Every journey starts with a little step and every Tunisian crochet project starts with a Tunisian Crochet Foundation Row. Or to be exact, most of the Tunisian crochet projects start with a typical foundation row.
There are some alternative starting rows, especially for Tunisian lace patterns, but for now, we will focus on the one foundation row that will open your way to the majority of the Tunisian crochet patterns.
So, if you are new to Tunisian crochet and want to learn how to start on your new Tunisian project, then, bear with me and learn how to make the most commonly used Tunisian Crochet Foundation Row.
Some Quick Facts about Tunisian Crochet
- Tunisian crochet is somehow in between crochet and knitting. While it makes use of a crochet hook, the stitches are first mounted on the hook, a bit like knitting, and then closed or removed from the hook. You can read more about the basics in this article about some common questions over Tunisian crochet!
- It is important to understand immediately that for every Tunisian crochet row, there is a forward pass in which you mount all your stitches on your hook and a return pass in which you remove your stitches.
- There is a big variety of Tunisian crochet hooks with different shapes and lengths. However, if you are just starting and for the aim of this tutorial, you can simply grab your regular heel hook.
If you are just starting at Tunisian crochet and would like to see more tutorials and easy patterns, take a look at these projects. They can all be made with a regular steel hook!
Pin this free tutorial on Pinterest using this Pin!
Tunisian Crochet Foundation Row – Tutorial
For this tutorial, I used some sport-weight yarn and a 4.5 mm (7 US) crochet hook, but you can use any yarn and the appropriate hook size.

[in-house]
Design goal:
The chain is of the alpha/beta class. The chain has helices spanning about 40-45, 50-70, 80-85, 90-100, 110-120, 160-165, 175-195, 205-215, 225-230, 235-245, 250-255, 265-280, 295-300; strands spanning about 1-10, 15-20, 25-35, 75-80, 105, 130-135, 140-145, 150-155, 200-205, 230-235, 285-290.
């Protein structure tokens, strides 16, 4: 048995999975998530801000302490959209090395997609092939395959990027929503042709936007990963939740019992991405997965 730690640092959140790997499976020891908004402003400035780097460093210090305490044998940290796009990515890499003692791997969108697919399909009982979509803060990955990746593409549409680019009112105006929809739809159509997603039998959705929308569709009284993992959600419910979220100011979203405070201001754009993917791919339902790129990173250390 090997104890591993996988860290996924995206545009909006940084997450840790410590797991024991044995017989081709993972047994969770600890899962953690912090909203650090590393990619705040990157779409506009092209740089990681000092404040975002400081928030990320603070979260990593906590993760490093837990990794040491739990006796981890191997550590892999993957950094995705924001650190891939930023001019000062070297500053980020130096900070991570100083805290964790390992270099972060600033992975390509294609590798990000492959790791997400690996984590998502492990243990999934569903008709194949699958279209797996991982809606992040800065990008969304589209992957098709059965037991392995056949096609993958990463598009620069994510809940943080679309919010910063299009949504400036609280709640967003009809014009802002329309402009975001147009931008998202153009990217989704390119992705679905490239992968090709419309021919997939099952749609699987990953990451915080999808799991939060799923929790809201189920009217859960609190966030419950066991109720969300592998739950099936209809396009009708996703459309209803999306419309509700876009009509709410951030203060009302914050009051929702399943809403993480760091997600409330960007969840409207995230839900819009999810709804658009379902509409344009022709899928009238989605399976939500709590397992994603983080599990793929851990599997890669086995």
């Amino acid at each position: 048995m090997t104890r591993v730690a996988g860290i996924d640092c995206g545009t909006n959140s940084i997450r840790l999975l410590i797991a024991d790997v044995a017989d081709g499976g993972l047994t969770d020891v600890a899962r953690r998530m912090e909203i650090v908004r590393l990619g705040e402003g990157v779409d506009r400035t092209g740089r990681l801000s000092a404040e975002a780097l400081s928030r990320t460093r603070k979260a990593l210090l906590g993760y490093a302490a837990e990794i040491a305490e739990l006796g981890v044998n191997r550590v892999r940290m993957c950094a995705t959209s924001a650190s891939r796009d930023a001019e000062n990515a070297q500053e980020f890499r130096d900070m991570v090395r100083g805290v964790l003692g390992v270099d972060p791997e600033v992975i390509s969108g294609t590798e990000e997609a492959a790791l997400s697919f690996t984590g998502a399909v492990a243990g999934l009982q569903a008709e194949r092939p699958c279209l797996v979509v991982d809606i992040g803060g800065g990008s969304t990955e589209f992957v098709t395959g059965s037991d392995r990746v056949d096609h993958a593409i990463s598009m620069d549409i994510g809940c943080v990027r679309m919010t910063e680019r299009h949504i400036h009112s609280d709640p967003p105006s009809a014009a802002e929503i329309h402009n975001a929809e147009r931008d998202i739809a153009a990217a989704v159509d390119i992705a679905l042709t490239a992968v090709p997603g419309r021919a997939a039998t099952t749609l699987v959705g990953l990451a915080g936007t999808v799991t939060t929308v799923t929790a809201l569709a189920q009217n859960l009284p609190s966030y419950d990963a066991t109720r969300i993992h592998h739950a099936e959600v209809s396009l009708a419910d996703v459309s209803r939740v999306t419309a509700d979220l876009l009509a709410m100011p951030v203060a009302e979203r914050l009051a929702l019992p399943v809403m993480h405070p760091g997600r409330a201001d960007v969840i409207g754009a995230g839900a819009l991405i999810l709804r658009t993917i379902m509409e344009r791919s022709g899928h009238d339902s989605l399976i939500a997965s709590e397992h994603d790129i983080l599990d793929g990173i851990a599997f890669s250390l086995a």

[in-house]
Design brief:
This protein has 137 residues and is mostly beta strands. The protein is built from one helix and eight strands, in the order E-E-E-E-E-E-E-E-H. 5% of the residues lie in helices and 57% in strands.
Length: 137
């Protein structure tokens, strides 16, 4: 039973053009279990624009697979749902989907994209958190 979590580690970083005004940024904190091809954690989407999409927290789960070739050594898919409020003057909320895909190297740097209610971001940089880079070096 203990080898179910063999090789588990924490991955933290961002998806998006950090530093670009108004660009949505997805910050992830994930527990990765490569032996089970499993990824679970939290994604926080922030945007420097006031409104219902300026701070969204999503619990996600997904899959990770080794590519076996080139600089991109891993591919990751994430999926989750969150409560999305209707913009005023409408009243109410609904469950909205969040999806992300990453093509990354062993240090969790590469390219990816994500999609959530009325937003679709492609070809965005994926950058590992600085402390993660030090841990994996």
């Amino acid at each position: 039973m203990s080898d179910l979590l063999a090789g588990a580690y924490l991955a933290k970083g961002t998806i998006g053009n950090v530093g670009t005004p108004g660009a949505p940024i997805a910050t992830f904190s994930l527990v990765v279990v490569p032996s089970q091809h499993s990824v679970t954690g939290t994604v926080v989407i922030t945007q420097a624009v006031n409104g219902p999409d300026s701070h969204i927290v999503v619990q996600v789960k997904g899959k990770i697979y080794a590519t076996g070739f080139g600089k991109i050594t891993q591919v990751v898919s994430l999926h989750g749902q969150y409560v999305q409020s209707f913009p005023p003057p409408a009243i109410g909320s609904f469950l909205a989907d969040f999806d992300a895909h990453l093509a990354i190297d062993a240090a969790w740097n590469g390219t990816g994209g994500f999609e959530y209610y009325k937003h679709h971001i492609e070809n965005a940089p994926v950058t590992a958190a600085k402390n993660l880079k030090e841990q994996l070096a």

What Hook Size Should You Choose?
My rule of thumb with Tunisian crochet is to go at least two hook sizes up compared to regular crochet. So, while I would normally use a 3 mm (11 UK) or 3.5 mm (E/4 US, 9 UK) hook to crochet a sport-weight yarn, I here used a 4.5 mm (7 US) crochet hook.
We are going to work with 15 chains. This way, you can simply try your hand at Tunisian crochet using your regular steel hook.
Step 1. Chain 15. Turn your chain and identify the back bumps.
Working in the back bumps will give a cleaner look to your bottom edge.
Step 2. Insert your hook into the back bump of the second chain from the hook, yarn over, and pull up a loop.
Step 3. Continue picking up loops one in each of the remaining chains.
In the case of our tutorial, you should have 13 more loops to pick up.
Congratulations, you just completed your first Tunisian crochet forward pass.
Counting Stitches in Tunisian Crochet
Notice how you mounted the same number of loops as the initial chains!
In this tutorial, we started with a chain of 15 and at this point, we have a total of 15 loops on the hook.
Tunisian Crochet Standard Return Pass
Now that we have the first forward pass mounted on the hook, we can go on and learn how to make a return pass.
What the return pass essentially does is to close and remove the loops (or stitches) from the hook.
The most common return pass is the standard return pass.
Surely, there are many other ways in which you can close the stitches off your hook, especially with Tunisian crochet lace patterns and Tunisian cables. However, you’ll see that the standard return pass is by far the most used in the majority of the Tunisian crochet patterns.
Let’s take a look at it step-by-step.
First, we are going to close the edging stitch at the end of the row. In other words, the closest stitch to the tip of your hook.
Step 4. Yarn over, and draw your yarn through the first loop on your hook.
Notice how we added one extra loop on the hook!
In the next step, we will progressively move that extra loop through all the remaining loops on the hook. Here’s how we do that.
Step 5. Yarn over, and draw yarn through two loops on your hook.
Repeat steps 5 until you only have two loops remaining on your hook (see image below). Once you are there, yarn over and pull through those last loops.
Here, I would like you to notice how for every yarn over and draw through two, you actually only close one stitch at the time. The reason is that that first loop on your hook is not an actual stitch of your foundation row. Instead, it is that extra loop that you were sliding to the right side of the row.
Your Tunisian Crochet Foundation Row is complete!
I hope you enjoyed crocheting learning how to make the Tunisian Crochet Foundation Row. Please, do not hesitate to contact me if you need any help or support. I am looking forward to seeing all your beautiful makes on Facebook and Instagram!
Learn more Tunisian crochet stitches!